Textiles and the Triplett Sisters
Baltimore Album Makers: Williams/O’Laughlin
In her book Lavish Legacies, Jennifer Goldsborough tells us of Hannah Trimble’s diary which mentions that “Aunt S, and myself went to Mrs. Williams in Exeter St. to see a quilt which was being exhibited and intended for Dr. Mackenzie as a tribute of gratitude for his father’s services.” Hannah goes on to describe the quilt in detail, noting the exquisite needlework. Mrs. Williams was listed in multiple business directories (Machette, Woods) although usually not with the type of business listed. Goldsborough believed that Mrs. Williams was exhibiting and making quilts from her Exeter address.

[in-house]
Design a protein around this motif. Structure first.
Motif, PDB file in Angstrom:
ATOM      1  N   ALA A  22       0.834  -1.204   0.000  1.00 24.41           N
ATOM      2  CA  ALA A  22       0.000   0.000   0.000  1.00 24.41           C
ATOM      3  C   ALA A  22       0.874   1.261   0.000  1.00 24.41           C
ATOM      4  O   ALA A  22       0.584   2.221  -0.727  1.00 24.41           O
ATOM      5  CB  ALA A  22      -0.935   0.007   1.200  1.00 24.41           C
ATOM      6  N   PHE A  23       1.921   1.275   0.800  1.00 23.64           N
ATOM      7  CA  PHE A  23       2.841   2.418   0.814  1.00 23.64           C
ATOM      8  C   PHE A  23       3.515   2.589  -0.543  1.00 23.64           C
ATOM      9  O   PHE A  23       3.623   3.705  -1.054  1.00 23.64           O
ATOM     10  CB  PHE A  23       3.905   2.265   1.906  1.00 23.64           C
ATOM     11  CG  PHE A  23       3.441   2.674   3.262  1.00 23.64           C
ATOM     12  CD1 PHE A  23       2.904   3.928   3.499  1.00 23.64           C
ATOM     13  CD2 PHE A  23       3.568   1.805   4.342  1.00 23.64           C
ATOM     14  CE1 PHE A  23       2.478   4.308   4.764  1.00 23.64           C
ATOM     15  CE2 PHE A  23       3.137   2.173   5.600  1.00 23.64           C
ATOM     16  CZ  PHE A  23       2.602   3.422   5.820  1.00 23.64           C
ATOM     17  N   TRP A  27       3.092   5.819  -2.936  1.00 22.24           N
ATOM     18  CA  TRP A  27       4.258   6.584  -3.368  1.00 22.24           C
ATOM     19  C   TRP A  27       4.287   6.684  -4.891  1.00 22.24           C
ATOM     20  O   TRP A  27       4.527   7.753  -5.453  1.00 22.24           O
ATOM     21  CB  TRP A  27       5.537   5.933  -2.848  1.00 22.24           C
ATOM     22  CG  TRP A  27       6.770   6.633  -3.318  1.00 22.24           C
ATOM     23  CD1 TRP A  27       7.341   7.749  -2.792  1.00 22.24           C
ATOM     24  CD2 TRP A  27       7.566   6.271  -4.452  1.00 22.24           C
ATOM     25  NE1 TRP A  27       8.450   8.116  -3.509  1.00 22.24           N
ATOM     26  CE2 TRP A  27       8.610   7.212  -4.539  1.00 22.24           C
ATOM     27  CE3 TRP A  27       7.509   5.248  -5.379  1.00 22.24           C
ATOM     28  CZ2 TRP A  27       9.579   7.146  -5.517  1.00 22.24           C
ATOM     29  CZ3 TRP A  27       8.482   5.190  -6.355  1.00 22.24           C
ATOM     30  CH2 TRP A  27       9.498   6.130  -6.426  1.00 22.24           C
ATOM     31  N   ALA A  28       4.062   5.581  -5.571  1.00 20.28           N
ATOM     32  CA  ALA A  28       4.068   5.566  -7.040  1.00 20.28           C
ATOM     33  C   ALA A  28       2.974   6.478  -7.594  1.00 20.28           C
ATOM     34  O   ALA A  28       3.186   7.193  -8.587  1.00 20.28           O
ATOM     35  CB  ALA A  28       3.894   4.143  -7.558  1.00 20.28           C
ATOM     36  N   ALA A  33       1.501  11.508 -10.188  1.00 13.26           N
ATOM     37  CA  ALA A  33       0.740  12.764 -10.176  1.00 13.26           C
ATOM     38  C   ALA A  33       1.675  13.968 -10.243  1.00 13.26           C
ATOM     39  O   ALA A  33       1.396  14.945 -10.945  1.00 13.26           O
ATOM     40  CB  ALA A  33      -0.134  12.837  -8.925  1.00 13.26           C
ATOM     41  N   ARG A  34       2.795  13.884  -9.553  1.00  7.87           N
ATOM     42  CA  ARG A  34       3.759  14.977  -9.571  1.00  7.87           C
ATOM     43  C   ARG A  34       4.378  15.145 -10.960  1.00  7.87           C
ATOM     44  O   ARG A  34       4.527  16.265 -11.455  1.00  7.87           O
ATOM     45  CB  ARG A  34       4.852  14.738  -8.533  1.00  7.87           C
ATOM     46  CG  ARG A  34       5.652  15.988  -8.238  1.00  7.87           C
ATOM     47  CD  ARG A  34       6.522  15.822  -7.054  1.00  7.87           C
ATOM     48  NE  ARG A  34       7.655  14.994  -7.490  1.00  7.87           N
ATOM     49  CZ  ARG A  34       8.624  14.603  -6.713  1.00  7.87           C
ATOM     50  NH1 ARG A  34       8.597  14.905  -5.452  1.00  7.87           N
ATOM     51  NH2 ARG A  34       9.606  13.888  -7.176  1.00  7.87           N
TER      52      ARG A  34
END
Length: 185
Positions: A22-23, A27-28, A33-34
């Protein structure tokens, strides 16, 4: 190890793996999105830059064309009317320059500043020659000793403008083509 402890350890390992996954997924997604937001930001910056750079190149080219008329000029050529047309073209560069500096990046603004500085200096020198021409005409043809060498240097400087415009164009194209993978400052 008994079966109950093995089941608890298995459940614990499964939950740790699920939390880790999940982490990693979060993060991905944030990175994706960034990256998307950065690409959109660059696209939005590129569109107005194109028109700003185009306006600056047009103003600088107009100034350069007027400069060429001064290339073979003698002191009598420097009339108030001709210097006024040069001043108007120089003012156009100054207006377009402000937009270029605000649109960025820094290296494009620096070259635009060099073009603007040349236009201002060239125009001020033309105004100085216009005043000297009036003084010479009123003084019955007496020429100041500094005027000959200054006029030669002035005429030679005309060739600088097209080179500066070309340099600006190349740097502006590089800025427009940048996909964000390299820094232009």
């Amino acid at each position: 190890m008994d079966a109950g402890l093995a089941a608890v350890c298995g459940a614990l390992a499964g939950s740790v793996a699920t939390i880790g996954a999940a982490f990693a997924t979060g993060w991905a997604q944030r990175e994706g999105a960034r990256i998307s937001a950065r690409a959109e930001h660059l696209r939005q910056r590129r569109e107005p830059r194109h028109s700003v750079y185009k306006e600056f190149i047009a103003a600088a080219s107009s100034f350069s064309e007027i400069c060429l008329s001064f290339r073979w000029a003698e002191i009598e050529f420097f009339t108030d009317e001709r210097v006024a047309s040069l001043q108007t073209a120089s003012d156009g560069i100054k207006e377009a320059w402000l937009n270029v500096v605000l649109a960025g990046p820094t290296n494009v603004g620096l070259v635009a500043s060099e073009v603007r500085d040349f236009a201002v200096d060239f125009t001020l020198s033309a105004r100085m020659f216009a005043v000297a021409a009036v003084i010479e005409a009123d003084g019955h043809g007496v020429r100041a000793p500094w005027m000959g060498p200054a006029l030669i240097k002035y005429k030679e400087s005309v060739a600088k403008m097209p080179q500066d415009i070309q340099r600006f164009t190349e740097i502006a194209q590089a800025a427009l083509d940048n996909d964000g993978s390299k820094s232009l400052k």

A second BAQ the Samuel Williams quilt was also likely created with Maria Williams being the “organizing force” in the making of her husband’s quilt according to Debby Cooney in an essay written for the Baltimore Applique Society. In fact, members of the extended Williams/O’Laughlin families include 7 seamstresses, tailors & tailoress as well as dressmakers. Additionally, the family ran or had connections with 5 different dry goods and millinery stores, giving them easy access to fabric.
The extended Williams/O’Laughlen family members have signed multiple quilt blocks and been associated with the making of 6 different Baltimore Album Quilts. Additionally, quilts with one inscribed Williams/O’Laughlen blocks appear on multiple additional quilts and non-assembled quilt blocks. (To read more on Mary Ann O’Laughlin follow this link.) To date, I’m still tracking more of glorious quilts made by the Williams/O’Laughlin family.